An Alamo Legend for All Generations (University of Oklahoma Press, $29.95)

Joe-the-Slave-who-became-an-Alamo-legend-by-Ron-Jackson_Lee-Spencer-White_Phil-CollinsThe Alamo is arguably the most recognizable shrine in the state of Texas. Ron J. Jackson and Lee S. White’s Joe, the Slave Who Became an Alamo Legend tells the story of a slave’s life from the plantation to the Alamo and beyond.

The narrative recounts the horrors of man’s inhumanity to man. It’s a well-researched and scholarly review of Joe’s life and experiences. The content is consistent with the documents recorded for the Slave Narratives from the Federal Writers’ Project. The difference in this book is the context. The authors provide vivid examples of Joe’s interactions with well-known characters in Texas history. I was intrigued by Joe’s personal relationship and dedication to his slave master Lt. Col. William Travis. Ironically, the authors drew many parallels between Joe’s quest for freedom and the defenders of the Alamo. When the Alamo curators update the reader board that lists the occupants of the Alamo on March 6, 1836, it should include a footnote that states “For further information please read Joe, the Slave Who Became an Alamo Legend.”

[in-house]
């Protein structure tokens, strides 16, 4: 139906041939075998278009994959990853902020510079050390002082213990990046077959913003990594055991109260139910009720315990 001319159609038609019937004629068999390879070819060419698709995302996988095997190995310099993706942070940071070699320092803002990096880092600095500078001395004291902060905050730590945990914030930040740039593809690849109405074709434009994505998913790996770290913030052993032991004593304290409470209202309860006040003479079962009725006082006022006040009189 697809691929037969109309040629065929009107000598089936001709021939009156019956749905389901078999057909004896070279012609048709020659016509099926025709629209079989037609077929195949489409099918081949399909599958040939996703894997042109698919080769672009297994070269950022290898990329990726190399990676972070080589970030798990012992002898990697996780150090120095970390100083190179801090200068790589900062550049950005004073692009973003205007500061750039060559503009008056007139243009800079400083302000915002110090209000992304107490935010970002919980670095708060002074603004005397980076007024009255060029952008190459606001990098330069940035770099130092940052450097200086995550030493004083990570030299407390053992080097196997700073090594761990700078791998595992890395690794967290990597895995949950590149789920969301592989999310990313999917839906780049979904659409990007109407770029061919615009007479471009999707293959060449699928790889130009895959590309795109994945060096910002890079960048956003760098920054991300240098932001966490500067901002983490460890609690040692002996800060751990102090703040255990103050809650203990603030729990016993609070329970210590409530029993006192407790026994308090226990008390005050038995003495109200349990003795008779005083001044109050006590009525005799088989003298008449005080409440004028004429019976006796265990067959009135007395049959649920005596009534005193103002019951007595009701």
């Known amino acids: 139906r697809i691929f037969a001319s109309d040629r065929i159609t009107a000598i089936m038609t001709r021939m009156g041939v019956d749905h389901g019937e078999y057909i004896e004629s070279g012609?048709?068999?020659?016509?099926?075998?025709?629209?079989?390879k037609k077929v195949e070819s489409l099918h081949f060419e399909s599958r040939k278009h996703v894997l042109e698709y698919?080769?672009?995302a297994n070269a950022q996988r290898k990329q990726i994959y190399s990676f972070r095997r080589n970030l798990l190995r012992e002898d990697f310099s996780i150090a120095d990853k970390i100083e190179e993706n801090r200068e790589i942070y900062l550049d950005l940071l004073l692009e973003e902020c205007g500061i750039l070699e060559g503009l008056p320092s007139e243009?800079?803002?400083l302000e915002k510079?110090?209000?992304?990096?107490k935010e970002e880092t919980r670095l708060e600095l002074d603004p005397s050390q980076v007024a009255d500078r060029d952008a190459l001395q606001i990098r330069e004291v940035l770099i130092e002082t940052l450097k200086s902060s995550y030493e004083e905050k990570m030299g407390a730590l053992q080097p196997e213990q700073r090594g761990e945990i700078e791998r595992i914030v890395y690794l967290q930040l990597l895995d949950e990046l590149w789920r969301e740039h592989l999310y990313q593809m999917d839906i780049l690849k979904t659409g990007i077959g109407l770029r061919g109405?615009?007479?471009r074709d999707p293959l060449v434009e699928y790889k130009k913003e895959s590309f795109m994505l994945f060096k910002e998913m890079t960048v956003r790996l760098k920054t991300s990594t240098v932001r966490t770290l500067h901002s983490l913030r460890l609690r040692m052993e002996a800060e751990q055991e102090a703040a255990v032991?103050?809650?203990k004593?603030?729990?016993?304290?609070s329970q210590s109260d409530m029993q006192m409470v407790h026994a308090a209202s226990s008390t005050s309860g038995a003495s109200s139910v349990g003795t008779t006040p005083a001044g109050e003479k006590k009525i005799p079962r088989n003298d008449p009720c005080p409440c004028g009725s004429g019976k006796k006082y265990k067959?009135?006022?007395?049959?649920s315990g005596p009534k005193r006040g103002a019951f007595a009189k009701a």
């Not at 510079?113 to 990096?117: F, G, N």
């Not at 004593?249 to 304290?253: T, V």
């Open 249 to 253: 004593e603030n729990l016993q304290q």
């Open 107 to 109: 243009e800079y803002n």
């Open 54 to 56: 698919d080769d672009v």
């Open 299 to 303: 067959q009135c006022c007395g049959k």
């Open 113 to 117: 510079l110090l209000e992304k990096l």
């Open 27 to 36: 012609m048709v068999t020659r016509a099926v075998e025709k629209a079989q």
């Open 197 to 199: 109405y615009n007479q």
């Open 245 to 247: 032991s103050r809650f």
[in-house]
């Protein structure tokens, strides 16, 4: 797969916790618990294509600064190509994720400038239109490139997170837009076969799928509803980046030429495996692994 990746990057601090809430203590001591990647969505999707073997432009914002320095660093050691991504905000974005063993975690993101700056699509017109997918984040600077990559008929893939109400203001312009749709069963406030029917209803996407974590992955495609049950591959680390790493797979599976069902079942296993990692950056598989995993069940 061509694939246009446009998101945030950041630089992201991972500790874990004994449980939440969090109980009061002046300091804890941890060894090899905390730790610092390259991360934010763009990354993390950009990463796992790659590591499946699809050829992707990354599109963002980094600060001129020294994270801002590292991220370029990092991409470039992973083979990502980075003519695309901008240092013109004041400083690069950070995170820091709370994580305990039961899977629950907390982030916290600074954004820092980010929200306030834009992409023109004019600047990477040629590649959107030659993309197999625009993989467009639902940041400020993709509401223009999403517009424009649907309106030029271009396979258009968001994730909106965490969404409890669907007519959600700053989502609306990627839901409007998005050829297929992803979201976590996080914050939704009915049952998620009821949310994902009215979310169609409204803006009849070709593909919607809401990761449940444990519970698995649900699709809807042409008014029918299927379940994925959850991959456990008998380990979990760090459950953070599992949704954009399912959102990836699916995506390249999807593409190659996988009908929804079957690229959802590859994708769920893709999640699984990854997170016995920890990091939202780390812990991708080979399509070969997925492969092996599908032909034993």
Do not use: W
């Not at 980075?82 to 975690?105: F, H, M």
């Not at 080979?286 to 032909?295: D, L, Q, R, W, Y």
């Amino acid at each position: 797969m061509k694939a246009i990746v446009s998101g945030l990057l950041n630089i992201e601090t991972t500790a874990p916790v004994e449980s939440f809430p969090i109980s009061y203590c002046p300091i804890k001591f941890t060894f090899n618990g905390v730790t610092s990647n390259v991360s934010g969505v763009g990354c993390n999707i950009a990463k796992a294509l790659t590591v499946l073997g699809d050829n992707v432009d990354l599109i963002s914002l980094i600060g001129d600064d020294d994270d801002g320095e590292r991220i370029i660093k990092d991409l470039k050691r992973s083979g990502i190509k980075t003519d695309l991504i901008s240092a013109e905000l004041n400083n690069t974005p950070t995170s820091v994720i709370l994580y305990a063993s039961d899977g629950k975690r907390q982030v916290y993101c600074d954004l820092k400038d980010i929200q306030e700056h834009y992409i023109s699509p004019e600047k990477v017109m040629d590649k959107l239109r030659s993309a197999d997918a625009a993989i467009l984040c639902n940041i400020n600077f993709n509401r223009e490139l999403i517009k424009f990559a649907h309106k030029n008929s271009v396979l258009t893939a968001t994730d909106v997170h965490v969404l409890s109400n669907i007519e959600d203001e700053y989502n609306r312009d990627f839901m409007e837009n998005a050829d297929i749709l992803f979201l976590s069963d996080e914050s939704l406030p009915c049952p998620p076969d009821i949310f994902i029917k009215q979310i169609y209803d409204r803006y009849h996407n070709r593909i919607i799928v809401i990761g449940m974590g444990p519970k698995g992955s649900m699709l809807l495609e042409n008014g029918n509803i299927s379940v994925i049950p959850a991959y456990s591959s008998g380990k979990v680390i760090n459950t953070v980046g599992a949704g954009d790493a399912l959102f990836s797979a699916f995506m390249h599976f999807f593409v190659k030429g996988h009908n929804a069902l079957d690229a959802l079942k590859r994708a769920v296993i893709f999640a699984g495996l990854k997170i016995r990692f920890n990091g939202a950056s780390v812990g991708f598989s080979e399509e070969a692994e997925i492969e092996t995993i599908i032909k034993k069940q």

Captain Paul J. Matthews, Executive Director of the National Buffalo Soldiers Museum


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